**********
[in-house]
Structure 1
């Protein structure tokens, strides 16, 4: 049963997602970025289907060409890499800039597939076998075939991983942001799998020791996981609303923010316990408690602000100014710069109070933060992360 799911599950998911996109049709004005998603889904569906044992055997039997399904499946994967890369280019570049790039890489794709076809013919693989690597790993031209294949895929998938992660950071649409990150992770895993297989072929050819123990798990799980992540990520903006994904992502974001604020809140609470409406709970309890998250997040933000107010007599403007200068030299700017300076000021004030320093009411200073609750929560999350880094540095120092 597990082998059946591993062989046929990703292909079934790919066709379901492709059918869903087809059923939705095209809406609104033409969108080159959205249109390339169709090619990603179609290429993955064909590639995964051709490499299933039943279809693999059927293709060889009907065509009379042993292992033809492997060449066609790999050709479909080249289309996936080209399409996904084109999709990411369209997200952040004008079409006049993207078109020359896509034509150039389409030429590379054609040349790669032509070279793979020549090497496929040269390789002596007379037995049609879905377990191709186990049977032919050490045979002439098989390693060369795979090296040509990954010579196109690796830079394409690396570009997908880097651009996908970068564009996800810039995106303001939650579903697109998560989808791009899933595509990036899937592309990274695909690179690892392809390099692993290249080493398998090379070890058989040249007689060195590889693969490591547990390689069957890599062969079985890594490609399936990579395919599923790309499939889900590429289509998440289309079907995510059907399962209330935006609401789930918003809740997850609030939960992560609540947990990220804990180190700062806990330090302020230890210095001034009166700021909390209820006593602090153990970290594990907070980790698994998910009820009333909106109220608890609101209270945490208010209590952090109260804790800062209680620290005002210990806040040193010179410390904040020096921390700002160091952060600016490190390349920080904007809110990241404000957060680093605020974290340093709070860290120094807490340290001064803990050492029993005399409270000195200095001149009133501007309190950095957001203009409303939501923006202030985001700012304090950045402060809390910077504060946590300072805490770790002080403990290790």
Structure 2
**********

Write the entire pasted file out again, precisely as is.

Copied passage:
[in-house]
Structure 1
């Protein structure tokens, strides 16, 4: 049963997602970025289907060409890499800039597939076998075939991983942001799998020791996981609303923010316990408690602000100014710069109070933060992360 799911599950998911996109049709004005998603889904569906044992055997039997399904499946994967890369280019570049790039890489794709076809013919693989690597790993031209294949895929998938992660950071649409990150992770895993297989072929050819123990798990799980992540990520903006994904992502974001604020809140609470409406709970309890998250997040933000107010007599403007200068030299700017300076000021004030320093009411200073609750929560999350880094540095120092 597990082998059946591993062989046929990703292909079934790919066709379901492709059918869903087809059923939705095209809406609104033409969108080159959205249109390339169709090619990603179609290429993955064909590639995964051709490499299933039943279809693999059927293709060889009907065509009379042993292992033809492997060449066609790999050709479909080249289309996936080209399409996904084109999709990411369209997200952040004008079409006049993207078109020359896509034509150039389409030429590379054609040349790669032509070279793979020549090497496929040269390789002596007379037995049609879905377990191709186990049977032919050490045979002439098989390693060369795979090296040509990954010579196109690796830079394409690396570009997908880097651009996908970068564009996800810039995106303001939650579903697109998560989808791009899933595509990036899937592309990274695909690179690892392809390099692993290249080493398998090379070890058989040249007689060195590889693969490591547990390689069957890599062969079985890594490609399936990579395919599923790309499939889900590429289509998440289309079907995510059907399962209330935006609401789930918003809740997850609030939960992560609540947990990220804990180190700062806990330090302020230890210095001034009166700021909390209820006593602090153990970290594990907070980790698994998910009820009333909106109220608890609101209270945490208010209590952090109260804790800062209680620290005002210990806040040193010179410390904040020096921390700002160091952060600016490190390349920080904007809110990241404000957060680093605020974290340093709070860290120094807490340290001064803990050492029993005399409270000195200095001149009133501007309190950095957001203009409303939501923006202030985001700012304090950045402060809390910077504060946590300072805490770790002080403990290790």
Structure 2